Dr Michael Leong is mostly known as the founder of ShareInvestor. He is also a successful stock investor and in his first book, “You First $1,000,000 Making It In Stocks”, he shares his investing philosophy and methods.
A Fundamental Analyst and Value Investor
Primarily, he uses fundamental analysis for stock investment, while at times, he uses “tikam strategy” to play speculative stocks. He opined that fundamental investing is more risky than short term trading, as long as the latter has an exit system to cut losses below 10%. However, he believed fundamental investing is where most money is made as the returns can be several times the capital outlay. At times, the lure of short term trading does seem irresistable, and he says, “I set aside money for fundamental investing and also some money for speculating. The money for speculating keeps my adrenaline flowing, but I know that I am not going to be financially independent just by speculating. Having speculative money also prevents me from itching to interfere with my longer-term fundamental counters.”
Most of the homework is done prior to buying a stock. He spends a lot of time researching and only holds 5 good fundamental stocks. When he buys a stock, he sets a price objective where he will exit to prevent himself from getting greedy and get caught in euphoria. If the fundamentals changed, he would exit too, even with a loss. On the other hand, if the fundamentals remain sound and if the market corrects, he may even average down the stock.
What to look out for in a stock?
A company has to efficiently deploy excess capital – Buying a business that is outside the core competency of the company is undesirable. Buying back shares is better but it is not sustainable, as the demand is supported by the company itself. The best is when the company can invest in it’s own business and grow future profits. If the company cannot find a better use for the excess capital, he prefers the company to distribute them to shareholders. This is on the premise that shareholders know best how to allocate the money.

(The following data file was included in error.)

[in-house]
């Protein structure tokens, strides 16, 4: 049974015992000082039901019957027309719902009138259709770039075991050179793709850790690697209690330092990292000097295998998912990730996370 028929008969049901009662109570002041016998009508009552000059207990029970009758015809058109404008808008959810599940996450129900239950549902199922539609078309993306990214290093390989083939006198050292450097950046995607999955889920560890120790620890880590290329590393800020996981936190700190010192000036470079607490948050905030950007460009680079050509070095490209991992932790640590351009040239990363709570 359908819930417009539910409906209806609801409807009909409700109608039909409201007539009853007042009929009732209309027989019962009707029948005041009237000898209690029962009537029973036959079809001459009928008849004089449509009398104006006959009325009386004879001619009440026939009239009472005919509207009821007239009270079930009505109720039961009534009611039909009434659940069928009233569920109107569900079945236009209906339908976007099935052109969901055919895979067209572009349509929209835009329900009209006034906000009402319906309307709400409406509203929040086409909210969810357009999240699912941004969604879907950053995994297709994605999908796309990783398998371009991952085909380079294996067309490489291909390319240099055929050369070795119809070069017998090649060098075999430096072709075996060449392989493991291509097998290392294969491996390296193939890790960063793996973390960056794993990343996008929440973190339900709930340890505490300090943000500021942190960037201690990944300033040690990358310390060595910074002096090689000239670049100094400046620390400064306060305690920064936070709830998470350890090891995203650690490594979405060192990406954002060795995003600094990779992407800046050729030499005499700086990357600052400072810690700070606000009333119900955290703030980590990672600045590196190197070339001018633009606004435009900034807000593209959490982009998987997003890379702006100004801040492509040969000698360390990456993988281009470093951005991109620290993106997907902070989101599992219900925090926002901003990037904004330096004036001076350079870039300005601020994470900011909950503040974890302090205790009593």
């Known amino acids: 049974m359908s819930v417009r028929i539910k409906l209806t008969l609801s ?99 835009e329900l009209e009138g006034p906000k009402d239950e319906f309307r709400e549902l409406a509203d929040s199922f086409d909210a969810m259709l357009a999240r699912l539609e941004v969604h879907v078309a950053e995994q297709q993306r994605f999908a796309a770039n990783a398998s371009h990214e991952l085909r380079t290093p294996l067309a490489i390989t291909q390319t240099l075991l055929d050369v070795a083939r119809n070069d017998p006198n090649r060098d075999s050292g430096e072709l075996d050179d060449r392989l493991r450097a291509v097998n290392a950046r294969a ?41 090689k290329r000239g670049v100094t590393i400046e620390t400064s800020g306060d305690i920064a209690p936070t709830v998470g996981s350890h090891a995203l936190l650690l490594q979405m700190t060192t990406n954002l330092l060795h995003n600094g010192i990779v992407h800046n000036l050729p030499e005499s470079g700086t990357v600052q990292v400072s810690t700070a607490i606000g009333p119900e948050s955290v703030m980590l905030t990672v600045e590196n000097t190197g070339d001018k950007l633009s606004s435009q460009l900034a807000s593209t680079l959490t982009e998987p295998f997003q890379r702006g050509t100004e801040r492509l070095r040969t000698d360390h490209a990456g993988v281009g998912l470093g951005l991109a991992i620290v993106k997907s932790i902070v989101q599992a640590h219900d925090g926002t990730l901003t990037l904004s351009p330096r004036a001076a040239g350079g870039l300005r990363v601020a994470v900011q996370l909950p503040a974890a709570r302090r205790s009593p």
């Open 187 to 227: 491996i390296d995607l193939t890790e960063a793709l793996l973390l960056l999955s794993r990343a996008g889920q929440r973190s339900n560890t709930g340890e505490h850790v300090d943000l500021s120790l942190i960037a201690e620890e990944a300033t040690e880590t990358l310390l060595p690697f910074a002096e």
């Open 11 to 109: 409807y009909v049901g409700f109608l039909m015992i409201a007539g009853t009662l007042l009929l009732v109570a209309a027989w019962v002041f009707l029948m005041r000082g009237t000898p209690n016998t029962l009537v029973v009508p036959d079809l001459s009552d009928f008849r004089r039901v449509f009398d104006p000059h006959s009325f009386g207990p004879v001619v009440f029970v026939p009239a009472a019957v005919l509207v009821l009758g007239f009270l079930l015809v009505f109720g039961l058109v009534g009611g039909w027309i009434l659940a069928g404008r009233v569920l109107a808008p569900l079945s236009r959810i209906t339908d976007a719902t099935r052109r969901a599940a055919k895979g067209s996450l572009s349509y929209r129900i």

[Free Ebook] How should you invest your first $20,000?
We asked 14 Singapore finance bloggers to share what they would do if they could go back in time and invest their first $20,000. They can no longer rewind time, but you can learn from their experience and hopefully start with a better footing.
Look for companies with higher profit margin and not higher revenue – A $10 million company having a profit of $1 million yields a 10% margin. A $100 million company earning $2 million of profits yield only 2% margin. Hence, in difficult times, the company with the bigger margin can withstand a drop in profits better than one with a smaller margin.
Look for “free” business – Buy stocks that have more net cash in their bank than their market capitalisation. “This means that for every dollar that I invest in these stocks, the company must have at least a dollar in the bank and ideally, the company does not have any borrowings. This also means that the business of the company comes to me as the investor for free. My next assessment is whether this ‘free’ business is sound and is not bleeding too much cash. To do that, I look at the company’s cashflow statement. I am fine if the company declares large losses, so long as these losses are non-cash related. The key is to find ‘free’ businesses that will survive the downturn, so that when the economy turns around, these businesses can regain their former enviable positions during good times.” “Firstly, I much prefer companies that keep their cash in a Singapore bank, as I have more trust in the banking system here. Secondly, cash to me comprises real cash and fixed deposits only. I don’t believe in cash equivalents as this can mean many things, including bonds.”
Low liquidity is good news – A trader should look for shares with good volume, so that he can liquidate when needed. On the contrary, an investor should look for undiscovered gems, and not attractive to many buyers. They are likely to be undervalued as the demand is not high. As he said, “If I am right in my judgement and the stock does well, other investors will climb in later and will create the liquidity to allow me to liquidate my positions.”